I have worked in several health-care-focused organizations and as a consultant over the last 15 years, and been an active survey designer, analyst, and teacher my entire career. My publications and conference presentations address a wide range of topics including response variability in censuses and surveys, reliability of self- and proxy-reports in surveys, employment experience and health-related quality of life of persons with AIDS, public priorities for insurable health care, impacts of trauma on mental health and physical functioning in refugee populations, perceptions of Chinese and Vietnamese patients of quality of ambulatory care, physician perceptions of e-prescribing systems, and patient participation in on-line health communities. Engagements include: PatientsLikeMe Inc (2007-2012), Dana-Farber Cancer Institute (2004-2007), Harvard Program in Refugee Trauma (2001-2004), The Picker Institute (1997-2001), Center for Survey Research @ UMass-Boston (1989-1997), The Pennsylvania State University (1985-1989), and US Bureau of the Census (1984-1985).
Medicine 2.0'08 (Toronto, Canada)
Background: This project investigates the ways in which patients respond to the shared use of what is often considered private information: personal health data. There is a growing demand for patient access to personal health records. The predominant model for this record is a repository of all clinically relevant health information kept securely and viewed privately by patients and their healthcare providers. While this type of record does seem to have beneficial effects for the patient-ph...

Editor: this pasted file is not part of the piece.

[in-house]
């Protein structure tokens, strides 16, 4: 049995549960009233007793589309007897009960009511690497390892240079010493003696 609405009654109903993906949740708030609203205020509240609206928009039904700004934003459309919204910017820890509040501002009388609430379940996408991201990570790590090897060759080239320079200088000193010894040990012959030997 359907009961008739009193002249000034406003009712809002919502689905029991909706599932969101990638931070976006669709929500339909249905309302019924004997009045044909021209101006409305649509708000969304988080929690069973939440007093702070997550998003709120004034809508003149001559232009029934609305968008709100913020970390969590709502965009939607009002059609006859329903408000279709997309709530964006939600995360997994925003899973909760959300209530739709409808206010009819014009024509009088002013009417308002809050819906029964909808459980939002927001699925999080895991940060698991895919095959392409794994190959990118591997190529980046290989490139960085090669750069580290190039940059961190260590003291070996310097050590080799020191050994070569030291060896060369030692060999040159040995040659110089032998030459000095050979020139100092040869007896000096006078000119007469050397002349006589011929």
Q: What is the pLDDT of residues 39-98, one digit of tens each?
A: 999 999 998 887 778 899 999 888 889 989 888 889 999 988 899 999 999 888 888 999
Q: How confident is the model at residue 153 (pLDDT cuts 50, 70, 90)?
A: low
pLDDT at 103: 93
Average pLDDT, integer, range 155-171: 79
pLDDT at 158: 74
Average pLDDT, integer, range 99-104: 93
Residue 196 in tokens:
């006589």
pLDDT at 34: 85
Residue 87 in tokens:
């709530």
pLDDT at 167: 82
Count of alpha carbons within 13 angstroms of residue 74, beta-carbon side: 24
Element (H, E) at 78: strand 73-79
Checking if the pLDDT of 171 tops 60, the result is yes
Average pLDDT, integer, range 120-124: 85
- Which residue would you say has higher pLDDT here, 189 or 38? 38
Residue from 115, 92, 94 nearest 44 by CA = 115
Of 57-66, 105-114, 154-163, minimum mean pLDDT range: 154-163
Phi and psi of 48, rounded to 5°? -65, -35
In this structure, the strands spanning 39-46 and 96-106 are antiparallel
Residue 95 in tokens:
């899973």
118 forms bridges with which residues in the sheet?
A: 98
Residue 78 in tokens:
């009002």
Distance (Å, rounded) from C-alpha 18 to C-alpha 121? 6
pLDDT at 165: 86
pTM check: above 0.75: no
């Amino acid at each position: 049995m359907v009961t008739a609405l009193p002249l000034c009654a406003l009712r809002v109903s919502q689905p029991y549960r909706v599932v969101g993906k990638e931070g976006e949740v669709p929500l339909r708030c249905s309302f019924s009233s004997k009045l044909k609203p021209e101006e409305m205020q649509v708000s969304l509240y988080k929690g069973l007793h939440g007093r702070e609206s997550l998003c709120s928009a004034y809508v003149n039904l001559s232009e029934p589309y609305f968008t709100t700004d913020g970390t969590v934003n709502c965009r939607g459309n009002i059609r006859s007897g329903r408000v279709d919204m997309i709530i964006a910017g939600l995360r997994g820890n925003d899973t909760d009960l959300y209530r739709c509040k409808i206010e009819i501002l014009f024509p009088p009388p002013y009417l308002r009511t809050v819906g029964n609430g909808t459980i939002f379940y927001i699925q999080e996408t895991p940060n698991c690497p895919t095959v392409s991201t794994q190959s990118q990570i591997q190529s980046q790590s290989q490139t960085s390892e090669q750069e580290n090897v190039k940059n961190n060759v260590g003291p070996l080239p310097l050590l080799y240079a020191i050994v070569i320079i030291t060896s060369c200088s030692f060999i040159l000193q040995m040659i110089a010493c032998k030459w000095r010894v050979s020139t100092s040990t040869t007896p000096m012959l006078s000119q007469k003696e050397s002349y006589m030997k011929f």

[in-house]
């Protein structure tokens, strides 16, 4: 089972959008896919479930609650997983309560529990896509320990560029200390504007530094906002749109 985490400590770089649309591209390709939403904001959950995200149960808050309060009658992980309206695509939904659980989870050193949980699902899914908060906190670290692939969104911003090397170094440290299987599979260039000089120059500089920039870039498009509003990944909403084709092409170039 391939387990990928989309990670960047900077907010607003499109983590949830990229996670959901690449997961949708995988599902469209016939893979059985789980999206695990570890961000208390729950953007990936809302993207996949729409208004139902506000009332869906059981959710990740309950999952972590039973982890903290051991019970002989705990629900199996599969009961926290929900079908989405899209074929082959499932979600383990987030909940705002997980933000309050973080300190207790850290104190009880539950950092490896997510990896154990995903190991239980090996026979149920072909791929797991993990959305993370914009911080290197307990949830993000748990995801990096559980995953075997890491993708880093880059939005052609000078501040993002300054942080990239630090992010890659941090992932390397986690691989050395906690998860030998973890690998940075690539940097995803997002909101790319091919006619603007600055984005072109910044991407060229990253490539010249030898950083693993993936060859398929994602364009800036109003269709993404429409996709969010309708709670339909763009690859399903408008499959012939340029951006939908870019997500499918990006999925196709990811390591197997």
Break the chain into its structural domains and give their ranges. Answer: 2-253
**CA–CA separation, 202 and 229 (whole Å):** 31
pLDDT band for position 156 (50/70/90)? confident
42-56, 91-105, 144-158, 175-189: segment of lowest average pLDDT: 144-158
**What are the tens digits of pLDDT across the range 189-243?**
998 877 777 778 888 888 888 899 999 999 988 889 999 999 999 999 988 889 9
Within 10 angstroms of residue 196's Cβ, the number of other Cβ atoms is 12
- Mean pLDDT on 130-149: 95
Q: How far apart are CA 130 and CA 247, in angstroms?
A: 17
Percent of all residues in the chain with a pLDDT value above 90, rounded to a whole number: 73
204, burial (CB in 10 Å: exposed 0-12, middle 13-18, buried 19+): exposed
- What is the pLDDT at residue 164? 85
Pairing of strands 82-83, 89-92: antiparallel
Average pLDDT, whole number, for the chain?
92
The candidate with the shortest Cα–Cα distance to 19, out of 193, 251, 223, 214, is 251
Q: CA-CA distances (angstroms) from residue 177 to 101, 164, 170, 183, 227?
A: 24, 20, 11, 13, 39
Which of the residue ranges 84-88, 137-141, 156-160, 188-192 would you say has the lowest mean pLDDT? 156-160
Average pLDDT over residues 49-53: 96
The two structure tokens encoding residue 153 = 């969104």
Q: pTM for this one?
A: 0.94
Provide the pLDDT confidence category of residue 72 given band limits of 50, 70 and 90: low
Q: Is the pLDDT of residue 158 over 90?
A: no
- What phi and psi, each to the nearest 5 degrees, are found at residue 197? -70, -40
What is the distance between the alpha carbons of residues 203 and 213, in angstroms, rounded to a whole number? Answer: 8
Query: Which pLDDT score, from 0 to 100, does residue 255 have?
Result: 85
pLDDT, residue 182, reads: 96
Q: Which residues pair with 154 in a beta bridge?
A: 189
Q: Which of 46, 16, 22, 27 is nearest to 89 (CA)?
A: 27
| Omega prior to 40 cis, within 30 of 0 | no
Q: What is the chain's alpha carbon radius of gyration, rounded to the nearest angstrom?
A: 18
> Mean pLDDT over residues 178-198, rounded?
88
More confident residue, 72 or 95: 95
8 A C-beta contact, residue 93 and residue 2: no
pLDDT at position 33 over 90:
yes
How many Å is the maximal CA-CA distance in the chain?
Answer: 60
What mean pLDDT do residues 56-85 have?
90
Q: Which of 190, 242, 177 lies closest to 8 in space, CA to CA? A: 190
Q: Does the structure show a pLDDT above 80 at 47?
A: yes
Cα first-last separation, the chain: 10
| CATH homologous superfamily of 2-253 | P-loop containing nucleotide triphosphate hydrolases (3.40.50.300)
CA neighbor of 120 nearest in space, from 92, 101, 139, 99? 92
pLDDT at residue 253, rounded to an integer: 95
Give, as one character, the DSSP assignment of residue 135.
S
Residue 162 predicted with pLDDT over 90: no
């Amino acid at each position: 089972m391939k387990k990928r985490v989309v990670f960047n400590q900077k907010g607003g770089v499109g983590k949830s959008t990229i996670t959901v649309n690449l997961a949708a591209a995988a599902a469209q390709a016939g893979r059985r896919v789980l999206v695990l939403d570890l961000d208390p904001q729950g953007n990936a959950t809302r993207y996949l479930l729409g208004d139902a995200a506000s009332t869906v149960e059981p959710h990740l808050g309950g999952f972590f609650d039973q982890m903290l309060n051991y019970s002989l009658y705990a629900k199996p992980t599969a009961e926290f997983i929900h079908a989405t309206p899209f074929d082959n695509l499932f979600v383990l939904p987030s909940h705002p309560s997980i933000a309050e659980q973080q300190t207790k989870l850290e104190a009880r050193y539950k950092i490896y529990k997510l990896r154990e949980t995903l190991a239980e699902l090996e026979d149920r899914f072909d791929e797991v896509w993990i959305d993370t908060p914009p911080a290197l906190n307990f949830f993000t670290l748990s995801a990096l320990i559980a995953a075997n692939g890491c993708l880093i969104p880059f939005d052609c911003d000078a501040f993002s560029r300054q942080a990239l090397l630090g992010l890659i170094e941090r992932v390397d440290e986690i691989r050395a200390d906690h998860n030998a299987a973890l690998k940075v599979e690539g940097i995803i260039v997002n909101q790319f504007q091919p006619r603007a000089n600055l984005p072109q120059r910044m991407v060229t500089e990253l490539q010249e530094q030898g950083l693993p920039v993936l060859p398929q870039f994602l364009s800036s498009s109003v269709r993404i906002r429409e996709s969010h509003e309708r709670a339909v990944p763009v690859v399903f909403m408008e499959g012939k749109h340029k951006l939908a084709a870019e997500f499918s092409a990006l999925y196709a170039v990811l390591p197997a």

Full Paper Publications
Journal of Medical Internet Research
Social Uses of Personal Health Information Within PatientsLikeMe, an Online Patient Community: What Can Happen When Patients Have Access to One Another’s Data
Sharing Health Data for Better Outcomes on PatientsLikeMe
Use of an Online Community to Develop Patient-Reported Outcome Instruments: The Multiple Sclerosis Treatment Adherence Questionnaire (MS-TAQ)
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